The state of Indian higher education has always been in question, more specifically for its quality. When it is compared with the required skill set and with the higher education system of other developed countries, our higher education system seems to fall short of quality, up to date course structure and the way education is imparted. India still lacks in terms of right faculty, right infrastructure, meaningful research and development projects and equitable reach and equal access to higher education. The President of India Pranab Mukherjee has also shown a concern over the quality of higher education in India during his speech at the 10th convocation of the National Institute of Technology (NIT). He said that though India is witnessing growth in terms of the number of institutes, the quality of education is still a problem that must be addressed.
India has the largest number of higher education institutes in the world and its higher education system is the third highest in terms of enrollment. Growth of private institutes has played a major role in this development. Out of the total number of institutes in India, 64% are private. And out of total number of students enrolled, 59% of them are in these private institutes in India.
No doubt that India has made a considerable progress in the number of higher institutes and students’ enrollment, but still the Gross Enrollment Ratio (GER) of India stands at 15%, much lower compared to the world average of about 26%. Apart from this, there is a gap between enrollment figures in different states and between rural and urban regions of India. By the year 2020, the pressure of enrollment and need of higher education in India will further increase, as the number of eligible students is going to double by that year.
Employability is also questionable in India. Many graduates as well as post graduates do not get jobs in their respective fields even after spending so many years in acquiring higher education. But in spite of so many unemployed youth, the market is facing a shortage of skilled manpower. This is a clear-cut indication that there exits a gap between the quality of education given and the actual skills required. Therefore, an ever mounting demand for a skilled workforce requires regulatory changes in higher education in India. If the new and better policies come in place, then we can expect to tackle the issues such as skill gaps, as well as skill shortages.
Quality of research and development in Indian institutes also needs attention. This is especially so as the present standard is far below the international standards. This can be proved from the fact that not even a single university in India is part of the list of top 200 universities across the world. The President of India while addressing the convocation had also shown concern over poor innovation in India by presenting a fact that there are only three Indian companies that have been listed in a Forbes survey about the world’s most innovative companies. Also if our innovation sector is compared to China and the U.S., then we are far behind them. In 2011, only 42,000 applications of patent had been filed in India whereas there were 5 lakhs such applications each in the U.S. and China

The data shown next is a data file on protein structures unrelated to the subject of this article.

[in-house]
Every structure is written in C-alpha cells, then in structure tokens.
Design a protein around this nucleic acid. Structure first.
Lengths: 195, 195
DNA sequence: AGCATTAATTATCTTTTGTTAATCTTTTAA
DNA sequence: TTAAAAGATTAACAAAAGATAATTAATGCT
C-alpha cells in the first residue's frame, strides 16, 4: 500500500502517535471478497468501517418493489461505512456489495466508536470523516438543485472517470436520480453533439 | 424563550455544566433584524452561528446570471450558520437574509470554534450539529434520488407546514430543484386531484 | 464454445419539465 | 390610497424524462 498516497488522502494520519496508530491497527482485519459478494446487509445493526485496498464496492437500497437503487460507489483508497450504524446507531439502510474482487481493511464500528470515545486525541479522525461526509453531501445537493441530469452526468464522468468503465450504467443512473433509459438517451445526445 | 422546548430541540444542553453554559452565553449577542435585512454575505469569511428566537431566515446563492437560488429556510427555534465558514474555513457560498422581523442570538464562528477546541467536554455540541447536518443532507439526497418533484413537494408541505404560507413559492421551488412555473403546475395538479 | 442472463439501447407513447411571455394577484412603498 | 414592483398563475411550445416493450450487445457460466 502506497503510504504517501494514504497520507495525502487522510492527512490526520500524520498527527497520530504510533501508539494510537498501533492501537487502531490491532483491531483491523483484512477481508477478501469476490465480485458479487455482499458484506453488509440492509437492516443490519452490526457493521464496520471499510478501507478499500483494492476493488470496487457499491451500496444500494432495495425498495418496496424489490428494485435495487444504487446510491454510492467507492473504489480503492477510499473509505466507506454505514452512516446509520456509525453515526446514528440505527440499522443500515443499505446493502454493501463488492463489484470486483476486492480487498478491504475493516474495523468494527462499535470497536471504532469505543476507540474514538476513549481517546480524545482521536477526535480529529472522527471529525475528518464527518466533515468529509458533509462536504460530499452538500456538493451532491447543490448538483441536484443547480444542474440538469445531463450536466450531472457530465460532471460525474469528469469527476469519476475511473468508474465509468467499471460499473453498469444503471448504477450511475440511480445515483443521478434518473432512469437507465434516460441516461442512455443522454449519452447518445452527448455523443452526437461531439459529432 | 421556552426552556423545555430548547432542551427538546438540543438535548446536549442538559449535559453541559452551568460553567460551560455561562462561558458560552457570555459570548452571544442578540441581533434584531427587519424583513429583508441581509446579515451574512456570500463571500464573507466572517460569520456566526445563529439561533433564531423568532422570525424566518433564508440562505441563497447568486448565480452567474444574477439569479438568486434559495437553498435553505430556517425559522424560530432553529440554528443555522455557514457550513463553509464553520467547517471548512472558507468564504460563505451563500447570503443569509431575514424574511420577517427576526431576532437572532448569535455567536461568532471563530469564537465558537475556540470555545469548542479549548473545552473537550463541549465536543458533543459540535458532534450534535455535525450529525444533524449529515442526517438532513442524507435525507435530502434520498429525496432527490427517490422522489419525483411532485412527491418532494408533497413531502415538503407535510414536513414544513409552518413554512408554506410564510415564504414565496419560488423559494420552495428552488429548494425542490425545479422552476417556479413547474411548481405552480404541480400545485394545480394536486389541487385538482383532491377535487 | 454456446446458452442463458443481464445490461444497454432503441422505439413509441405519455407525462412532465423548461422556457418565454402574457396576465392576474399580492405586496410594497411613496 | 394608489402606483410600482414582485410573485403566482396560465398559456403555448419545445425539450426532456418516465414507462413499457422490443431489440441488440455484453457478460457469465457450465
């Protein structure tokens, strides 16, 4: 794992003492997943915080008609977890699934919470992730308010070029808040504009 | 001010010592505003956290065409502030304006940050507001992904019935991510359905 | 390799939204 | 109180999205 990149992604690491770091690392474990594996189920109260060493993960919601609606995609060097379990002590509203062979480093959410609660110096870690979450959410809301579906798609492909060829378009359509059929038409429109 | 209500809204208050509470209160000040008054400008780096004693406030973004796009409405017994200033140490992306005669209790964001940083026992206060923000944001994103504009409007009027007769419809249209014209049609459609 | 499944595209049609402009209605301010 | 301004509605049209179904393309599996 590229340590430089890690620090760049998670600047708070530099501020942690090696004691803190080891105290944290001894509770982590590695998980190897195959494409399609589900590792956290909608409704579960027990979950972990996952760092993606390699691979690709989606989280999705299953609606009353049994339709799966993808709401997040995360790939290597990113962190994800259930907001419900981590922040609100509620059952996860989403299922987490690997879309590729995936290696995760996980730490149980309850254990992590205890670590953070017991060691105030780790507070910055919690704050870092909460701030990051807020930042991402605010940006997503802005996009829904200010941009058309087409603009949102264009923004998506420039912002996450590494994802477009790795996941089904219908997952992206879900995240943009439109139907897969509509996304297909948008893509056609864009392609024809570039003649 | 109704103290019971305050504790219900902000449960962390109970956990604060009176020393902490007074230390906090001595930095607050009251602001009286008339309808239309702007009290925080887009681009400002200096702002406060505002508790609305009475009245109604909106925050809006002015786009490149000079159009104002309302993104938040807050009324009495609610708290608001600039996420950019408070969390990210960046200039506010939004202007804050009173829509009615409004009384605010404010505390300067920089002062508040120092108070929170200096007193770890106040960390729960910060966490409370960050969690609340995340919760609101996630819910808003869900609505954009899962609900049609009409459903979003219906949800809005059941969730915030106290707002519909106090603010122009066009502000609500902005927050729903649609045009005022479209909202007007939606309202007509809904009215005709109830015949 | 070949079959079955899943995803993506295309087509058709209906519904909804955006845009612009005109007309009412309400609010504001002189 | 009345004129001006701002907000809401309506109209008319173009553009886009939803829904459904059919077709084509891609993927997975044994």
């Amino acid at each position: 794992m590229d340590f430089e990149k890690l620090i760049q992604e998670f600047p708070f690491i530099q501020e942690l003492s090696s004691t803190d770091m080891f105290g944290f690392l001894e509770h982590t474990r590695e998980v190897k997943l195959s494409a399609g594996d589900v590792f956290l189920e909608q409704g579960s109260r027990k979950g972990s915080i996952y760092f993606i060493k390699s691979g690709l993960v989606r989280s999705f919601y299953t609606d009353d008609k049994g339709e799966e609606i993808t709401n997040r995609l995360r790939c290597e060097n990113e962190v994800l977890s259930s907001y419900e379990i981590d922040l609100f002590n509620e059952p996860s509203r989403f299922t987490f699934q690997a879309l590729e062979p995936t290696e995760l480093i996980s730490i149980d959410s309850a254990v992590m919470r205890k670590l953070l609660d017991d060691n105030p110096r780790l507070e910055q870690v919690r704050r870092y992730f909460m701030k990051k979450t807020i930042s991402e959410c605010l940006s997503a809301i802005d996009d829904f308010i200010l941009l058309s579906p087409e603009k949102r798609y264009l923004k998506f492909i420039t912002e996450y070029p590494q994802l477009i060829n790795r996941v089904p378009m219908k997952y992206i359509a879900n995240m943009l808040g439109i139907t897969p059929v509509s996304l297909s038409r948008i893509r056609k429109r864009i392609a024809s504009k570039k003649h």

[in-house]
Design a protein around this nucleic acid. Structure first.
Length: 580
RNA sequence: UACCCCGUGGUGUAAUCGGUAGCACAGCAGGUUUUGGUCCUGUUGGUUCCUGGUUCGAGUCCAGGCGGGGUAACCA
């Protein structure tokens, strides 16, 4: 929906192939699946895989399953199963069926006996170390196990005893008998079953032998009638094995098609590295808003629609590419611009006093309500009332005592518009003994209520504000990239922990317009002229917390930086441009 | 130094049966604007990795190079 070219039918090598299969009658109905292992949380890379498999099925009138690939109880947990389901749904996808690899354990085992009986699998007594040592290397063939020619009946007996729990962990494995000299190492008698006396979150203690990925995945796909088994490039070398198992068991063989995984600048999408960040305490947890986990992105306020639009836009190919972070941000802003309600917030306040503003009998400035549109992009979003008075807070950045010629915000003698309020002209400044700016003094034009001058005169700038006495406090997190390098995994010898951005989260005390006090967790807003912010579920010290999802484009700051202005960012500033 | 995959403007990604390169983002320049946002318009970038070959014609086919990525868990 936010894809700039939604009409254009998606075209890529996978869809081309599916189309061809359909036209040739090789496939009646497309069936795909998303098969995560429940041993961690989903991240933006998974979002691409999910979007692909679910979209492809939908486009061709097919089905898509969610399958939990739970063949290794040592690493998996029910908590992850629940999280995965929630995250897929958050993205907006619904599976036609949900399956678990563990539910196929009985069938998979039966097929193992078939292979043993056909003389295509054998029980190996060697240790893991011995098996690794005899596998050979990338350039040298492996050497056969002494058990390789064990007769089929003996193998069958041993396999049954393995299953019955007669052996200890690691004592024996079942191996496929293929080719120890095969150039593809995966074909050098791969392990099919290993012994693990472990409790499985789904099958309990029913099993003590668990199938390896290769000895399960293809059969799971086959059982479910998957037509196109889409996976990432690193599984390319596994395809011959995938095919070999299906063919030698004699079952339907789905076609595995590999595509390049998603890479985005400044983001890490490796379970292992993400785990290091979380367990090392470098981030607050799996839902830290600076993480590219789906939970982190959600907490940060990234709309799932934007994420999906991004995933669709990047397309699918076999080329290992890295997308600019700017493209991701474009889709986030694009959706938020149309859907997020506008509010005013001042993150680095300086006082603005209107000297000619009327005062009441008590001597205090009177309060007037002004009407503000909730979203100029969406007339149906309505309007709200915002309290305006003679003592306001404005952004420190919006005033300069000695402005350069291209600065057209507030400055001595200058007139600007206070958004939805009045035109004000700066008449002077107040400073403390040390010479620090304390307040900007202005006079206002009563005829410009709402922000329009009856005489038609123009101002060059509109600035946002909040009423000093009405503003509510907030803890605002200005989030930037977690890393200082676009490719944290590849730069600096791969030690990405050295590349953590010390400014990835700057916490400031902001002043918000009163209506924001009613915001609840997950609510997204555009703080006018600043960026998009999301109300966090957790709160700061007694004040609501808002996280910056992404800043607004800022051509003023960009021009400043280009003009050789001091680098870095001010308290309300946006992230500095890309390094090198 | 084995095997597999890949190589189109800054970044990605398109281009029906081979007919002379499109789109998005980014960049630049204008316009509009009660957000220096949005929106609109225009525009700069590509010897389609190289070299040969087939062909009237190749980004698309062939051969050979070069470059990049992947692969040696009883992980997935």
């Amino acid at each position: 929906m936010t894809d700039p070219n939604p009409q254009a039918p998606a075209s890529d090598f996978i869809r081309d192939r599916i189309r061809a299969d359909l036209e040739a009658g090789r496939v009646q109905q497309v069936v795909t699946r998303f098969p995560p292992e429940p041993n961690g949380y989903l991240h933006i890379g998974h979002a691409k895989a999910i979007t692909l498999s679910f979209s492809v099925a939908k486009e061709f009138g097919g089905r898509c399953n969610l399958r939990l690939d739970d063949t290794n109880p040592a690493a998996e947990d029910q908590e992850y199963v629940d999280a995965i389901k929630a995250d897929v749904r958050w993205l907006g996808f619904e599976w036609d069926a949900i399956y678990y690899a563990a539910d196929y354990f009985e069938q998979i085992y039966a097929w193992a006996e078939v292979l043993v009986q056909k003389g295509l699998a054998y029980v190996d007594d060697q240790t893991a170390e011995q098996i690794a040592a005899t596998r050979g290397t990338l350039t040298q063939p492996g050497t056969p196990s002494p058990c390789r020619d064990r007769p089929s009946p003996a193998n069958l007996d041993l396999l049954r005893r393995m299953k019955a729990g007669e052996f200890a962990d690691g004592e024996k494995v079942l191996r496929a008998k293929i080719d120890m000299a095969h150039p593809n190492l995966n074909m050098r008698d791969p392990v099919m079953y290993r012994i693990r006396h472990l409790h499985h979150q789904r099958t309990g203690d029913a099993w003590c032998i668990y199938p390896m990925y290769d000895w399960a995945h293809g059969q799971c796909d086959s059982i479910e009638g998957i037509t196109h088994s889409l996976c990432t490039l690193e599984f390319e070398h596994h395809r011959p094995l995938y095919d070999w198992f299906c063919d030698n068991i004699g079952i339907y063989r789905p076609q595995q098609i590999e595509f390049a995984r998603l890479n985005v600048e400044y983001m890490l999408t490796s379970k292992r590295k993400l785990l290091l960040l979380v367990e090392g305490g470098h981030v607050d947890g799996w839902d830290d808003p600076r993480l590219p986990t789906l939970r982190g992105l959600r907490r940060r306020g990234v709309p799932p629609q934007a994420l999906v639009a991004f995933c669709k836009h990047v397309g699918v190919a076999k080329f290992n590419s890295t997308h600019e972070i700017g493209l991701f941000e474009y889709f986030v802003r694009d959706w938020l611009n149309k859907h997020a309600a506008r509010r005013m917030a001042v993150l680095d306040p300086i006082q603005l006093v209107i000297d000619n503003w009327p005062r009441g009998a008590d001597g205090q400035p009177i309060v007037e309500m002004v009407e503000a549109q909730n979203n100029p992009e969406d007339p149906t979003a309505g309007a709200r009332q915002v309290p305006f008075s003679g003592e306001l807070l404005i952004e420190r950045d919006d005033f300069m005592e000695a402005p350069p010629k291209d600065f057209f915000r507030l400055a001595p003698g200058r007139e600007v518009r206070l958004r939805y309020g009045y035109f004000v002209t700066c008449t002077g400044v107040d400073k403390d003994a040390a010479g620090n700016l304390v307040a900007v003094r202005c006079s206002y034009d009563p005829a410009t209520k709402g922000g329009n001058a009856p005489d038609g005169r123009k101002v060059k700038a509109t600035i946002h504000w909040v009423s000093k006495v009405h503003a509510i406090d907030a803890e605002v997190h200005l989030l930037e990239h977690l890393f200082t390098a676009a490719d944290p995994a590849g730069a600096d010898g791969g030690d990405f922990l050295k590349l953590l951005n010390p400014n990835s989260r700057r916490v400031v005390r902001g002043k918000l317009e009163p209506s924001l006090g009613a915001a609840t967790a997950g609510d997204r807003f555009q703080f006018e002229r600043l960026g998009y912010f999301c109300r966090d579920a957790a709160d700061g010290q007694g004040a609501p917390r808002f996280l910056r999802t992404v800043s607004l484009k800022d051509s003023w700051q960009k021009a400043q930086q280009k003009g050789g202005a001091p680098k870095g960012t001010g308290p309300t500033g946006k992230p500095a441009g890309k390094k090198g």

In order to address the issue of imparting education, India must encourage a reverse brain drain and attract overseas scholars to transmit ideas. They will help the higher education system of India by explaining and implementing new techniques of teaching and research. This will not only solve the problem of brain drain but help to conquer our gloomy performance in the innovation sector. Also there is a great need to give due recognition to outstanding teachers who have contributed in education and inspired young minds. This is to be done to encourage holistic learning.
Private institutes providing higher education in India are ahead of others in terms of number (63.9%) and student enrollment (58.9%) during the year 2011-12. Whereas percentage of State institutions is 35.6% and that of Central institutes is 0.5%. On the other hand, enrollment in these is 38.6% and 2.6% respectively.
Enrollment in general courses (2012) is more than in professional courses. General courses include Arts, Science, Commerce and Education whereas professional courses include Engineering, Medical, Management, Law and vocation-based courses. But professional courses are displaying higher growth as compared to general ones.
Distance education is emerging as a cost-effective means of providing higher education in India. Though enrollment in this is less than classroom teaching, the number of institutes providing distance education and enrollment in these institutes is increasing in India.
Students prefer degree courses over diploma courses. Percentage of students opting degree courses in 2012 is 84.9% whereas for diploma it is 15.1%. Maximum enrollment is found in under graduate courses.
Problems faced by the Indian higher education system have been noticed by the government and the Twelfth Five Year Plan (2012-2017) has proposed many schemes in this regard with its core focus on ‘excellence and quality of education’. To address the issues related to access, quality and equity, many initiatives have been designed and implemented. These consist of equity, expansion, more funding for disadvantaged groups, use of latest technology, faculty development programmes, superior governance structures, availability of funds for research and development.
So, the focus of higher education in India should be towards providing equal access to all as well as on providing quality education. After achieving the said goal we can compete at global level and our youth will then have jobs in their area of expertise.